December 8th 2007

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Articles from this issue:

EDITORIAL: After the landslide: the challenges ahead

CULTURE: Dealing girls a raw and racy deal

CANBERRA OBSERVED: Has the Liberal Party any future?

ECONOMIC AFFAIRS: Can Australia avoid an economic downturn?

WATER: Vehement opposition to permanent water-trade

QUARANTINE: Horse flu inquiry exposes AQIS's abject failure

NATIONAL SECURITY: We have met the enemy, and he is us

STRAWS IN THE WIND: The WHY and HOW of Labor's victory / Now for the Delphic Oracle ...

CULTURE: Dealing girls a raw and racy deal

SCIENCE: People will marry robots, scientist predicts

REPRODUCTIVE HEALTH: Abortion link to pre-term birth and cerebral palsy

MEDICINE: Dolly's creator abandons therapeutic cloning

OPINION: William Wilberforce's lessons for us today

Bad economics (letter)

Ten points for Kevin Rudd (letter)

DLP resurgence (letter)


BOOKS: PRINCE OF THE CHURCH: Patrick Francis Moran, 1830-1911, by Philip Ayres

BOOKS: CONJUGAL AMERICA: On the Public Purposes of Marriage, by Allan Carlson

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Ten points for Kevin Rudd (letter)

by John Kelly

News Weekly, December 8, 2007

Experienced teachers will be more inclined to accept Prime Minister Rudd's commitment to an "education revolution" when they see his government deconstruct what the Labor states have established. This reform would require that he:

• free curriculum from union control;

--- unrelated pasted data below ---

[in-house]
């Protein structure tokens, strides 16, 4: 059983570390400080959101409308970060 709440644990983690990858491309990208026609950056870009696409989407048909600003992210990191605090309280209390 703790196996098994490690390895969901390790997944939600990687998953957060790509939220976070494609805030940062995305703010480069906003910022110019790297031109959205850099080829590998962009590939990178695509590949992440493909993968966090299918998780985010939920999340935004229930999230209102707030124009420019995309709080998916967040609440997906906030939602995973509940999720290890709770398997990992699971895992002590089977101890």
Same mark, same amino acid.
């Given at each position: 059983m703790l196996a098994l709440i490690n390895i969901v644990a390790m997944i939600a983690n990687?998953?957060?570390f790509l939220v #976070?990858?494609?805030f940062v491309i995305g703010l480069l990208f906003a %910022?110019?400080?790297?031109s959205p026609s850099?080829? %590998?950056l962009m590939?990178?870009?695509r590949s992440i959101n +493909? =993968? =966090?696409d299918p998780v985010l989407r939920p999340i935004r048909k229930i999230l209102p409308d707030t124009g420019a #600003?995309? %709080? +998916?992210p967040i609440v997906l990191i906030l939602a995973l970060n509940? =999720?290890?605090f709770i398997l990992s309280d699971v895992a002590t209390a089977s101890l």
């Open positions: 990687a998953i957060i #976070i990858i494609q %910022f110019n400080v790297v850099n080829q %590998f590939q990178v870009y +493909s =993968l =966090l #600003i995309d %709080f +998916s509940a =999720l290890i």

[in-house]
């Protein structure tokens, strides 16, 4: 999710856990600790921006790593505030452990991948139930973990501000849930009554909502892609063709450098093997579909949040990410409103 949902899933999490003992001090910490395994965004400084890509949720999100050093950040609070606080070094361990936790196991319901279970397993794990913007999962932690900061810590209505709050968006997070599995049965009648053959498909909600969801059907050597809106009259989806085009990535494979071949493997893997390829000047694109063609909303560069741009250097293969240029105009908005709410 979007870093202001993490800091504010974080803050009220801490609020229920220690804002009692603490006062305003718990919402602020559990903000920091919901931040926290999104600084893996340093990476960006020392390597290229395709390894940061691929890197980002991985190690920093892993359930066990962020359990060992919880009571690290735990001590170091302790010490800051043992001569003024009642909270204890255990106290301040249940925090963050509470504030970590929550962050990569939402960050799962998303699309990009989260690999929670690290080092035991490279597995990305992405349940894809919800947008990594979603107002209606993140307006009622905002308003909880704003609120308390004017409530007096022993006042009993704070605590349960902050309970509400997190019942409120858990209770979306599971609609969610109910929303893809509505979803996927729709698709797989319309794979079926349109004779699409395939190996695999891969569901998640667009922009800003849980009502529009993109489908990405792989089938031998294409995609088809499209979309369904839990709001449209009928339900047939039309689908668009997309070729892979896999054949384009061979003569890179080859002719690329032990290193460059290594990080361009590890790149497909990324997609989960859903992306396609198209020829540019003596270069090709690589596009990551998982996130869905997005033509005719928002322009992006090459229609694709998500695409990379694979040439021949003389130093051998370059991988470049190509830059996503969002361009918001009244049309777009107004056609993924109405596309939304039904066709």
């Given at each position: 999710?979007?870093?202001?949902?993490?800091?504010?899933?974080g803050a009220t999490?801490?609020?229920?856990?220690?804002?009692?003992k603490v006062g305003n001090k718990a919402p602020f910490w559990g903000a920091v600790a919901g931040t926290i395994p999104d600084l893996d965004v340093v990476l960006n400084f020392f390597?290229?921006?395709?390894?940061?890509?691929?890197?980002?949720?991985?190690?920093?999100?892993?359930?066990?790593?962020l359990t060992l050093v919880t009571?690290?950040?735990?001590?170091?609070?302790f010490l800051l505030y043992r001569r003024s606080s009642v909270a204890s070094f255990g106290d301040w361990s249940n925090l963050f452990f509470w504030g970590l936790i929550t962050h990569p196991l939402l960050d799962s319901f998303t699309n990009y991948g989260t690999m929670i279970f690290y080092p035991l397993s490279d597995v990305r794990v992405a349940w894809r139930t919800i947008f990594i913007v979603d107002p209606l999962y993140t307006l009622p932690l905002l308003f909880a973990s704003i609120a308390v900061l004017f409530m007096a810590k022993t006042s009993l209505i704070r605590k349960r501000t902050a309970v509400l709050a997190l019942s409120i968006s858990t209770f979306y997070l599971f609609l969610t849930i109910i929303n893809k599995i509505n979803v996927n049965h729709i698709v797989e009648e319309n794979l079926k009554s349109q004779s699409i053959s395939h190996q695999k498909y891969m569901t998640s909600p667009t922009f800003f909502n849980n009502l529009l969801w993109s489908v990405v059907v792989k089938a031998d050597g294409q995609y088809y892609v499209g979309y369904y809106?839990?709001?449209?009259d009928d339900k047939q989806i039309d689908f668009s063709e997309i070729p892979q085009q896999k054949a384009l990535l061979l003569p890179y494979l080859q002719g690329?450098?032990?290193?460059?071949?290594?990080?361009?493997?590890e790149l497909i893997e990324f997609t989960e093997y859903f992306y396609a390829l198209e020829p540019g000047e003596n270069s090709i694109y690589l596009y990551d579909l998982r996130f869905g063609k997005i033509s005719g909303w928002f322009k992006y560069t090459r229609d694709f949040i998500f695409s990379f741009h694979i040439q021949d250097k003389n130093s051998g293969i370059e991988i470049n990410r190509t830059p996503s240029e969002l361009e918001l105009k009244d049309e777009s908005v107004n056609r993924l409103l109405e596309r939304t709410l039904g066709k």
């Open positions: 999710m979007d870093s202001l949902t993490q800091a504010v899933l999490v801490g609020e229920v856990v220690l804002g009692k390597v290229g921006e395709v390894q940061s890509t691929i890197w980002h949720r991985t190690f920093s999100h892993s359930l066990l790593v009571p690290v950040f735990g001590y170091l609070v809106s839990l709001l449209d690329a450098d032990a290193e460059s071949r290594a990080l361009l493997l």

• publicly repudiate the relativistic outlook that masquerades under "diversity", and replace ideological dogma with a coherent philosophy of education based on sound emotional, social, cognitive, moral and religious development;

• provide training in basic literacy and numeracy for teachers who lack competence in these skills;

• distinguish between "computer literacy" and basic literacy in classrooms, and award priority to the latter;

• ensure teacher-training is consistent with demonstrably successful pedagogical practice, including examinations;

• encourage competent teachers out of premature retirement with working conditions that support rather than frustrate their efforts;

• provide real incentives for academically-able students to become teachers;

• deliver skilling centres for students with technical aptitudes;

• recognise that real education is more than a pragmatic instrument of the state;

• encourage close bonds between families, schools and local communities.

John Kelly,
Tranmere, SA

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